Thrifty tips for first time University students

As I write this newly initiated undergrads will be recovering from the onslaught of Fresher’s Week or just about to embark on the week long madness. Either way, beyond partying, drinking and getting friendly with a bunch of strangers soon to become you’re nearest and dearest- there is a common purpose for why you are at University (in case you had forgotten amongst all the excitement)… it’s to get educated and get a degree- yeay!

University is expensive, and it seems to be becoming increasingly out of the reach of ordinary folk- however there are ways you can save money; this might be particularly useful for those on a low incomes and living away from home. Here are some thrifty tips I learnt throughout my time at University- hope they are useful to someone!

Don’t buy into the panic that you must buy all your books brand new– I studied English Literature and Philosophy so needed to buy a ridiculous amount of books for my course- however I barely used half of them! Unless you are studying a subject like Law for example, where the law is always changing, buy second-hand books. Especially for subjects like English where you are most likely reading the ‘classics’ these never normally go out of date so why not look online, on department noticeboards , second-hand book shops or get to know second years on the same course who might be looking to pass on old goods! I spent such a ridiculous amount of money in a panic- don’t buy into the hype.

No English Literature degree would be complete without Jane Austen.

No English Literature degree would be complete without Jane Austen.

Better together– if you are going out with your friends why not take cabs together. If you are in a shared flat or in a second year and living with friends why not buy your food shopping together? For example basic household goods such as pasta, rice, and toilet roll might be better and cheaper to buy in bulk- unless dietary requirements prevent this or one of your housemates is a greedy pig and has no discretion. Further still, if you get on particularly well with your housemates and you are in self-catered accommodation why not consider cooking together? This is cost effective and can also be fun.

Get a part time job if your timetable will allow– this is not only good for extra income but can help you develop skills which will make you more employable once you leave university. Especially as you progress through university, try and get part time work experience in the area which you would like to work in the future. For example, make the most of summer internships especially paid ones in your area of interest to boost future job prospects. Get into the habit of earning an income- no matter how small so you can learn the value of hard earned cash.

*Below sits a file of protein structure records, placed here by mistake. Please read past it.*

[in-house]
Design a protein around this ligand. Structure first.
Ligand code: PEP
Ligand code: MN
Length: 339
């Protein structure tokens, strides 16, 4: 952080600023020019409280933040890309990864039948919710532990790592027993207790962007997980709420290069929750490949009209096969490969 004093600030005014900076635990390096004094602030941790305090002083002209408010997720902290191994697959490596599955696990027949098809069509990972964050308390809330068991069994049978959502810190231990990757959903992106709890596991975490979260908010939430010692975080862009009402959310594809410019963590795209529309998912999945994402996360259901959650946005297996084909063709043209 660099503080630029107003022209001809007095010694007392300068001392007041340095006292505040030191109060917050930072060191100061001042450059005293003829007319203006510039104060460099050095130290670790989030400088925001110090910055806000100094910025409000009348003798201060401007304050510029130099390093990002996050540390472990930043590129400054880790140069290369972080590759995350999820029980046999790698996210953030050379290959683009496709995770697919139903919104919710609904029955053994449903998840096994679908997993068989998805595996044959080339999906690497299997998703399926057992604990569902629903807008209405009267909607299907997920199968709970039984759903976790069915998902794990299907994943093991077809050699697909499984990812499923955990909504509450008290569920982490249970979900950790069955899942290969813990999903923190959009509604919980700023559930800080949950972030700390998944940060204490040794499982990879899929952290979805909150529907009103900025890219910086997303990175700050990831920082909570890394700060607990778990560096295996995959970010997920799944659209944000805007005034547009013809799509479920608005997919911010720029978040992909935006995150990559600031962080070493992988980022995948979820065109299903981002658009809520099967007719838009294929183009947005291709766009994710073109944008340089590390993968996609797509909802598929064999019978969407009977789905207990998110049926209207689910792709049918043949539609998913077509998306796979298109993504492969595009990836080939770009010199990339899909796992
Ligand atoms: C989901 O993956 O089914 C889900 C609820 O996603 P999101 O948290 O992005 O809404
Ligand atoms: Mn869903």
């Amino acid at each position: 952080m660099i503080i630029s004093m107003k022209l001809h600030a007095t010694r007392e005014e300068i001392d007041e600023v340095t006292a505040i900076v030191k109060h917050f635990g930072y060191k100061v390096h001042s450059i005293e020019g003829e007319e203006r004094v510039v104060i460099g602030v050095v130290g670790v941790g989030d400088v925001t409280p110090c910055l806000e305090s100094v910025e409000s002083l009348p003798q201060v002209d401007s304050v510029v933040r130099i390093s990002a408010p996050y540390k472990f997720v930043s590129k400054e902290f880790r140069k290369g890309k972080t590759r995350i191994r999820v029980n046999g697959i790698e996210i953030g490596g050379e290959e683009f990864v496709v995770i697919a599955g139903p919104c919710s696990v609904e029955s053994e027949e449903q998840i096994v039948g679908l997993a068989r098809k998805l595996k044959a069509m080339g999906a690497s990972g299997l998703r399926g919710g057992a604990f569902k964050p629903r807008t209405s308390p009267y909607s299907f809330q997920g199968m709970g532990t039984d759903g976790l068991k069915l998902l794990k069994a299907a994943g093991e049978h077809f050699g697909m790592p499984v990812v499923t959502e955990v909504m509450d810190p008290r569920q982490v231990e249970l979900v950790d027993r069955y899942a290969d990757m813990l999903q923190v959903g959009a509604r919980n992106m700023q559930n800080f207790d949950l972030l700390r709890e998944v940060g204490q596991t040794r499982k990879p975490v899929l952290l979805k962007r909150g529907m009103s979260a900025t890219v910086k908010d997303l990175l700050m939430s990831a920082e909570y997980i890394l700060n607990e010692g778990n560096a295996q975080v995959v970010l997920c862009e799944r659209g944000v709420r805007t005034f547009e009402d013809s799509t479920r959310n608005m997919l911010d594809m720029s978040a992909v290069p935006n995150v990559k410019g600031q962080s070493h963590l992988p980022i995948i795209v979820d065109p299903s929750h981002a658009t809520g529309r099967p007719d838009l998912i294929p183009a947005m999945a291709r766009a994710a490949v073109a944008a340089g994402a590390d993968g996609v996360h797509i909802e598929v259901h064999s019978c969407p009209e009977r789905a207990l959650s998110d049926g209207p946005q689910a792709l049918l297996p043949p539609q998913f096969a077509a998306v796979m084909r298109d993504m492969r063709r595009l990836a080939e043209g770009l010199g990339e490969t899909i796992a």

On your bike and save money in the process!

On your bike and save money in the process!

Save on travel – If you are living away from home in another city and plan on making regular visits why not buy a student railcard or national express coach discount card? I didn’t for the first 6 months because I hated the idea of paying £25 upfront but I wasted money by not doing so because of the number of visits I made- I would have saved much more than the initial fee. Similarly, for the best deals try and book in advance especially for rail fare. Whilst at university If you live in a relatively small city, why not try cycling around or walking or share a car with mates to get out and about. This is not only good for the environment, for your waistline (the first two at least) but it’s also good for the pocket.

Check out if you are entitled to any additional financial support i.e. grants- most universities have funds available such as hardship funds and others for those might be in need but they don’t publicise them. Find out from your student guild and other sources what might be available to you if you are eligible. If you don’t apply to the fund the money literally goes to waste and the funding for the next year becomes smaller meaning less becomes available. This happened to me whilst I was at university when a friend alerted me of funding that was available but was not being accessed. Although I wasn’t in dire need of the extra support it did make a difference and allowed me to work less in my part time job so I could spend time more time studying and maximising student life!

Don’t reject the culinary hand-outs or other freebies from the ‘rents– If on a trip home your parents, grandparents or any other family member wants to load you up with goodies- home cooked food or other useful household products just take it! There will come a time when that home cooked soul food is just what you need on those days when you feeling a little homesick or just in need of some ‘hard’ food. Don’t be all proud and independent- take the ting!

Every penny counts so find out what extra funds are available to you and learn to budget to make your money go further!

Every penny counts so find out what extra funds are available to you and learn to budget to make your money go further!

Budget– This sounds so basic but you would be surprised how many people don’t. Especially if you have just received a student loan for the first time, getting that much money into your account can be a little daunting. Don’t get overwhelmed and lose your senses though- plan how you are going to spend it! Pay your rent upfront or put it in a separate account along with other basic living costs so you are not caught short. I’ve heard horror stories of students buying a wardrobe of new clothes, Brazilian weaves and the latest techy gadgets only to have no money left for the rest of the semester! This is ridiculous; remember even though it’s technically ‘your money’ it’s not free money- you will have to pay it back- with INTEREST- so do what’s in your best interest and spend wisely!

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